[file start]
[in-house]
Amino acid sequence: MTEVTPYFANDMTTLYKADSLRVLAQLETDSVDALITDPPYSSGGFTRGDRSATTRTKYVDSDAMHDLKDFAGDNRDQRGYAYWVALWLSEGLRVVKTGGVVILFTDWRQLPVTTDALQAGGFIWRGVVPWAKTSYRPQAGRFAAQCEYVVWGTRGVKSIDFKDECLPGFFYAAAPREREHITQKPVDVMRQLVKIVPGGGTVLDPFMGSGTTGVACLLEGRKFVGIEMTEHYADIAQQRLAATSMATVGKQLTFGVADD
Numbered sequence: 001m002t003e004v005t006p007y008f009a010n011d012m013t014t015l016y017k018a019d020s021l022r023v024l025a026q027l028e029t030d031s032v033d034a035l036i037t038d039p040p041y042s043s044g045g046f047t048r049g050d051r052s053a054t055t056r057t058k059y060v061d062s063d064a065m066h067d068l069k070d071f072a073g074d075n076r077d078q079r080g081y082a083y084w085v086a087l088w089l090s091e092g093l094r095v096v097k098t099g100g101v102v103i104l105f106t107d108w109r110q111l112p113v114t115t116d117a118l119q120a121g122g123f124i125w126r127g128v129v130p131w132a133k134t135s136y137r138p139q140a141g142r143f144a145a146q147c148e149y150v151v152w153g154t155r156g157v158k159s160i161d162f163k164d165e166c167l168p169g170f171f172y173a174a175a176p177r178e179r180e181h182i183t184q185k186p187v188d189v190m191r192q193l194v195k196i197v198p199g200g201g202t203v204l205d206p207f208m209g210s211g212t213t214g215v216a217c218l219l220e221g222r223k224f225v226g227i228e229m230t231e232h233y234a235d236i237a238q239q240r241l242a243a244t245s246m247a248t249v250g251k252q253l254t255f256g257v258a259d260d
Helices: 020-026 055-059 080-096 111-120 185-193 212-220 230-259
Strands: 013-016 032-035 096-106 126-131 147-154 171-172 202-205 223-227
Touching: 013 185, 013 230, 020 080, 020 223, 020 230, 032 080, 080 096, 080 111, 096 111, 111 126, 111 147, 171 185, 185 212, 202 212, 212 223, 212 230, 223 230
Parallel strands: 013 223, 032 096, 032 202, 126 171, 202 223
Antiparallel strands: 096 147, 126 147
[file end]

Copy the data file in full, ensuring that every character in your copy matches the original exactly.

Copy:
[in-house]
Amino acid sequence: MTEVTPYFANDMTTLYKADSLRVLAQLETDSVDALITDPPYSSGGFTRGDRSATTRTKYVDSDAMHDLKDFAGDNRDQRGYAYWVALWLSEGLRVVKTGGVVILFTDWRQLPVTTDALQAGGFIWRGVVPWAKTSYRPQAGRFAAQCEYVVWGTRGVKSIDFKDECLPGFFYAAAPREREHITQKPVDVMRQLVKIVPGGGTVLDPFMGSGTTGVACLLEGRKFVGIEMTEHYADIAQQRLAATSMATVGKQLTFGVADD
Numbered sequence: 001m002t003e004v005t006p007y008f009a010n011d012m013t014t015l016y017k018a019d020s021l022r023v024l025a026q027l028e029t030d031s032v033d034a035l036i037t038d039p040p041y042s043s044g045g046f047t048r049g050d051r052s053a054t055t056r057t058k059y060v061d062s063d064a065m066h067d068l069k070d071f072a073g074d075n076r077d078q079r080g081y082a083y084w085v086a087l088w089l090s091e092g093l094r095v096v097k098t099g100g101v102v103i104l105f106t107d108w109r110q111l112p113v114t115t116d117a118l119q120a121g122g123f124i125w126r127g128v129v130p131w132a133k134t135s136y137r138p139q140a141g142r143f144a145a146q147c148e149y150v151v152w153g154t155r156g157v158k159s160i161d162f163k164d165e166c167l168p169g170f171f172y173a174a175a176p177r178e179r180e181h182i183t184q185k186p187v188d189v190m191r192q193l194v195k196i197v198p199g200g201g202t203v204l205d206p207f208m209g210s211g212t213t214g215v216a217c218l219l220e221g222r223k224f225v226g227i228e229m230t231e232h233y234a235d236i237a238q239q240r241l242a243a244t245s246m247a248t249v250g251k252q253l254t255f256g257v258a259d260d
Helices: 020-026 055-059 080-096 111-120 185-193 212-220 230-259
Strands: 013-016 032-035 096-106 126-131 147-154 171-172 202-205 223-227
Touching: 013 185, 013 230, 020 080, 020 223, 020 230, 032 080, 080 096, 080 111, 096 111, 111 126, 111 147, 171 185, 185 212, 202 212, 212 223, 212 230, 223 230
Parallel strands: 013 223, 032 096, 032 202, 126 171, 202 223
Antiparallel strands: 096 147, 126 147